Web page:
Palacio, F.X. Urban exploiters have broader dietary niches than urban avoiders / Ibis. – 2020. – Vol. 162. P. 42–49.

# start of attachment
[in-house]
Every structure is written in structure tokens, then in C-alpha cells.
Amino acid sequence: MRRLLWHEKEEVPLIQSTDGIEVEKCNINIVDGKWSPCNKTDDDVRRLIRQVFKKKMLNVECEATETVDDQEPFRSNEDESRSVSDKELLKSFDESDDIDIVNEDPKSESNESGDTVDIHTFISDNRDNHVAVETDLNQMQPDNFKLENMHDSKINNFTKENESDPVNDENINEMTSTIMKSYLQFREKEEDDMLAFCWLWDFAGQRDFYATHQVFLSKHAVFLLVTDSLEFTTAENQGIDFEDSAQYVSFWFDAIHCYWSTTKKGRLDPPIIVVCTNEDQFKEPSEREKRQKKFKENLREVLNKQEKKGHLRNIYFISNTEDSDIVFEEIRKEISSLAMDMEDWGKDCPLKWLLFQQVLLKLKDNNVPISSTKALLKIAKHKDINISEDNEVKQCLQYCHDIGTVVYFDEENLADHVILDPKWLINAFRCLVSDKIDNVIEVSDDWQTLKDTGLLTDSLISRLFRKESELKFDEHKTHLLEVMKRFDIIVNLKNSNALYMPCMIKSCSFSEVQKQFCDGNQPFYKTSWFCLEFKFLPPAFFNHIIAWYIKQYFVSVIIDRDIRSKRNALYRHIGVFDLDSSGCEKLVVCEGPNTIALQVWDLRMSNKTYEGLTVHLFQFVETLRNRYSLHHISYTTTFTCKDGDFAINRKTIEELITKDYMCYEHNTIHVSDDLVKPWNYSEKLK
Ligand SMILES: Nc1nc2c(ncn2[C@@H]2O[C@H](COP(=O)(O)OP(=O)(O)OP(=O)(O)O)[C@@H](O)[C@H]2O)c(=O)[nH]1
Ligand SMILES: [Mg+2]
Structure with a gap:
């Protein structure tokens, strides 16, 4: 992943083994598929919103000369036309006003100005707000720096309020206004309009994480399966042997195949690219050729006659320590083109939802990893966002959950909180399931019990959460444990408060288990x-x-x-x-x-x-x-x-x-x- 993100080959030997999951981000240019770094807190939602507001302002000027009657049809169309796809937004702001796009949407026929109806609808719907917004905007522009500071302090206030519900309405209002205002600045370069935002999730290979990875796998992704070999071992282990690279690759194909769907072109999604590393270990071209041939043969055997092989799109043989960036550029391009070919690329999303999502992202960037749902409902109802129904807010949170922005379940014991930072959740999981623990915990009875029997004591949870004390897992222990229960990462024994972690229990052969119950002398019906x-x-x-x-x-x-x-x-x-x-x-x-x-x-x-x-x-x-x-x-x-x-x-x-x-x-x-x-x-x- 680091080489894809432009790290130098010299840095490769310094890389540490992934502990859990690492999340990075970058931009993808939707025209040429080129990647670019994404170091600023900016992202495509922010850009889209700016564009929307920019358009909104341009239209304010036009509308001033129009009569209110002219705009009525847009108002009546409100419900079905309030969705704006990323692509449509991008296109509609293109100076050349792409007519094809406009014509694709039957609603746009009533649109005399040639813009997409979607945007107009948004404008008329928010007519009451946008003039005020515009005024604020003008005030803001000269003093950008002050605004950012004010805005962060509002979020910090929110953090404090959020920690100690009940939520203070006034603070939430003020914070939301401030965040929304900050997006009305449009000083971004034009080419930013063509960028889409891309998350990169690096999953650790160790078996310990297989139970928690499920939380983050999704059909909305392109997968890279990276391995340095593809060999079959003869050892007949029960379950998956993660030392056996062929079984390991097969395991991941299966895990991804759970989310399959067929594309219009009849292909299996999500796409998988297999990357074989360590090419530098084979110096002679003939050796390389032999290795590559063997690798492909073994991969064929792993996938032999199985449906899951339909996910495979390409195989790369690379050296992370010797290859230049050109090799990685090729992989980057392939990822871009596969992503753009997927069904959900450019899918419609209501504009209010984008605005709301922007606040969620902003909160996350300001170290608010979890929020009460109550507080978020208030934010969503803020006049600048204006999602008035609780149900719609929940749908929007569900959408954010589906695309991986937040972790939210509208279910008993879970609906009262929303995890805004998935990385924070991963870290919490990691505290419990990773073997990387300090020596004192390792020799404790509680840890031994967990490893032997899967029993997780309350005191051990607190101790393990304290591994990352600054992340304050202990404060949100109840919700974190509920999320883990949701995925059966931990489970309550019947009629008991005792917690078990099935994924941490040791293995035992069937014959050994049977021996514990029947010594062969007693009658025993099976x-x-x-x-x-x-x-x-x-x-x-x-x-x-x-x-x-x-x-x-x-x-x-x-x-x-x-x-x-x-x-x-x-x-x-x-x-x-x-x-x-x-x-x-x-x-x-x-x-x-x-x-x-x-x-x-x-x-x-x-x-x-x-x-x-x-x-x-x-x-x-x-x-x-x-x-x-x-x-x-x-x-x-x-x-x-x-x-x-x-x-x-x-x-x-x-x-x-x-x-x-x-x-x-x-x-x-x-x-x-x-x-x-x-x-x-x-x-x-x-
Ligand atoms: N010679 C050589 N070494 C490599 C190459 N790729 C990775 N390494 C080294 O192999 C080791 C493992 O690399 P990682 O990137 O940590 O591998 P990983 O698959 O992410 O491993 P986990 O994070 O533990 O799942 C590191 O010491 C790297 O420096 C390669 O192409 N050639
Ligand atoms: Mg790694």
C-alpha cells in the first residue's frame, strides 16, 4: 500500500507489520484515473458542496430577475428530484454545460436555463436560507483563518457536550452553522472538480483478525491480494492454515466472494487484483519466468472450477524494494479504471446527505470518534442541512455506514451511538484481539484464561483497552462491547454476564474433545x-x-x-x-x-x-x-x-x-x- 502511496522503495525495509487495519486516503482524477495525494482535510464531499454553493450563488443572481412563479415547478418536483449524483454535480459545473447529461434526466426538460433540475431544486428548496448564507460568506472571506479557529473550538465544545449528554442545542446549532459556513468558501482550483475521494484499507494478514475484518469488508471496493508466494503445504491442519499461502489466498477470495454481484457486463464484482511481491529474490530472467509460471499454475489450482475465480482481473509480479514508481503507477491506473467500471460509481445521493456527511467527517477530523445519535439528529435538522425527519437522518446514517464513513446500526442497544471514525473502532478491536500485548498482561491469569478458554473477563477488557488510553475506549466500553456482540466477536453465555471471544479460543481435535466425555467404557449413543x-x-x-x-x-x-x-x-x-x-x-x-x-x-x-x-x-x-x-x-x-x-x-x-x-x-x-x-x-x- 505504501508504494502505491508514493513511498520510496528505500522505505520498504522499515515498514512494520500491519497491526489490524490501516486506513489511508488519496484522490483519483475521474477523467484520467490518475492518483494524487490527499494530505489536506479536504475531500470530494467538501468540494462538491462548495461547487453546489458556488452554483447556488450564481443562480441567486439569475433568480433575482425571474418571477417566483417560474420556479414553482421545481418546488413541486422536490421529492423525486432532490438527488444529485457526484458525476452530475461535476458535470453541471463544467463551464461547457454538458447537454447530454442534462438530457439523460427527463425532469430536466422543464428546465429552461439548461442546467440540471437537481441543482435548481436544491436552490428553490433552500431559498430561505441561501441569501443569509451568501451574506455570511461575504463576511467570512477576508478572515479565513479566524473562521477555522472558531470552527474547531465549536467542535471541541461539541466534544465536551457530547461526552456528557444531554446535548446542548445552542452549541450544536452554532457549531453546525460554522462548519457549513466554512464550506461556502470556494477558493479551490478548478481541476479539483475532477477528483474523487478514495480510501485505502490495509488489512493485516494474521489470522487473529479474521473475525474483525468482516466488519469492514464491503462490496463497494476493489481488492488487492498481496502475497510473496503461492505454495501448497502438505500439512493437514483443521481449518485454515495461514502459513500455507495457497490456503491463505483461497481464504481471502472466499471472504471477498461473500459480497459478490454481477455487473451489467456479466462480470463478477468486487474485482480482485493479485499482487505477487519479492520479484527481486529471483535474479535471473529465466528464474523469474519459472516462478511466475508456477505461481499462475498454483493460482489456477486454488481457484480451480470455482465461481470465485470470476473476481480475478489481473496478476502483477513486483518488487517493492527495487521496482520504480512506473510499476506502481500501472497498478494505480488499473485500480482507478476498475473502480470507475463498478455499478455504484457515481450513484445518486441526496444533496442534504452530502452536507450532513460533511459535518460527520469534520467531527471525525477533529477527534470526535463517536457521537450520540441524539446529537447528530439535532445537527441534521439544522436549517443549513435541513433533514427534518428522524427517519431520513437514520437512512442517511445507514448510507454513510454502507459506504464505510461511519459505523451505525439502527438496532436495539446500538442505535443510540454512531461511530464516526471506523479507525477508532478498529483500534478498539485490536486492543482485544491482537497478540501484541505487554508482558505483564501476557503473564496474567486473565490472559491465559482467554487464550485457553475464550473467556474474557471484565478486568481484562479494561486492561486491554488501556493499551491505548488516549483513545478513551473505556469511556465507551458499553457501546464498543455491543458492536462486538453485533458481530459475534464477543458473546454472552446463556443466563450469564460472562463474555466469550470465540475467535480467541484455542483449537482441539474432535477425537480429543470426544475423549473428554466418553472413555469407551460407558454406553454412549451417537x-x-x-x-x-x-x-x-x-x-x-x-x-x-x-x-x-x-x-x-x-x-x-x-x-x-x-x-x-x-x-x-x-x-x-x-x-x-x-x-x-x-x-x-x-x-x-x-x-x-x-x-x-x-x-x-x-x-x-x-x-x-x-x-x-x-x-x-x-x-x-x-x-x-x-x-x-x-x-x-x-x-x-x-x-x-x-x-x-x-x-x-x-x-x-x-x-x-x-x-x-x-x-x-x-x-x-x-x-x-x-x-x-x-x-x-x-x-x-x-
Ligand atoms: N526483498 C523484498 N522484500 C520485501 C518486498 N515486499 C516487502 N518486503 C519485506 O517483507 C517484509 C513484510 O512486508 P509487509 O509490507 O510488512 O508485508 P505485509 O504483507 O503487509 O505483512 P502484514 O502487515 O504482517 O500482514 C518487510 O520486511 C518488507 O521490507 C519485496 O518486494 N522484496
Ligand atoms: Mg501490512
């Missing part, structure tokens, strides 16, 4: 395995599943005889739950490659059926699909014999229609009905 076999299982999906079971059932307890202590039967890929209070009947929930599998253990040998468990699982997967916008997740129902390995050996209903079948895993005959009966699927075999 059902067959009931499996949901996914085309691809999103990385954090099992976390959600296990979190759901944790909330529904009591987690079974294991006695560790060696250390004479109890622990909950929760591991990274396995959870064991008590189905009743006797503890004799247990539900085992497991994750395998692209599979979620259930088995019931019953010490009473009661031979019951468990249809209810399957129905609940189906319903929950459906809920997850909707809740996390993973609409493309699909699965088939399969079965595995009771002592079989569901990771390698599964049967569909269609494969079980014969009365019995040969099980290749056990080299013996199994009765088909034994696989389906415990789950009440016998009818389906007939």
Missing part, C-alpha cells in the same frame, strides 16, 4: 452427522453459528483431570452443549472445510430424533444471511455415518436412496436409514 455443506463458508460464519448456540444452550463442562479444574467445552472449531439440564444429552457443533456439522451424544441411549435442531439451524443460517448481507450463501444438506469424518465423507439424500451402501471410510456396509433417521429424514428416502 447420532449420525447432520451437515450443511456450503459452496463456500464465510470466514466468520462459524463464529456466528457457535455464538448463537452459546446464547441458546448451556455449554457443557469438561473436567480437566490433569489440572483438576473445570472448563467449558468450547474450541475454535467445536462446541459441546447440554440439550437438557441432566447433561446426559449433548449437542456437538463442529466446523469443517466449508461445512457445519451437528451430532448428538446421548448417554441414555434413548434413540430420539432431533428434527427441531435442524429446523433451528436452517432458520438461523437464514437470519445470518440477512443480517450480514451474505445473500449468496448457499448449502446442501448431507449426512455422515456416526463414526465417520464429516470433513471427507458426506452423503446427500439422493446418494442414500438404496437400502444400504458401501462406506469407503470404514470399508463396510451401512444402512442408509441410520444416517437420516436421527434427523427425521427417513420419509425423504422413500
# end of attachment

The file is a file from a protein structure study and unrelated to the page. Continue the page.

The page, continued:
Abstract. Urbanization is currently one of the most pervasive threats to biodiversity worldwide, yet traits permitting birds to exploit urban environments are not fully understood. I used bird traits related to diet (dietary item and foraging stratum), accounting for latitude, body size, development mode and phylogeny, to compare diet breadths of urban exploiters and urban avoiders, using a global dataset (463 bird species). Urban exploiters (urban species) were larger, consumed more vertebrates and carrion, and fed more frequently on the ground or aerially, and also had broader diets than urban avoiders (nonurban species). In contrast, urban species had narrower foraging strata ranges than nonurban species. These results not only support the hypothesis that urban species share dietary traits allowing them to cope with urban environments but also highlight the importance of considering multiple dietary traits to properly quantify species niches when assessing a species’ response to environmental change.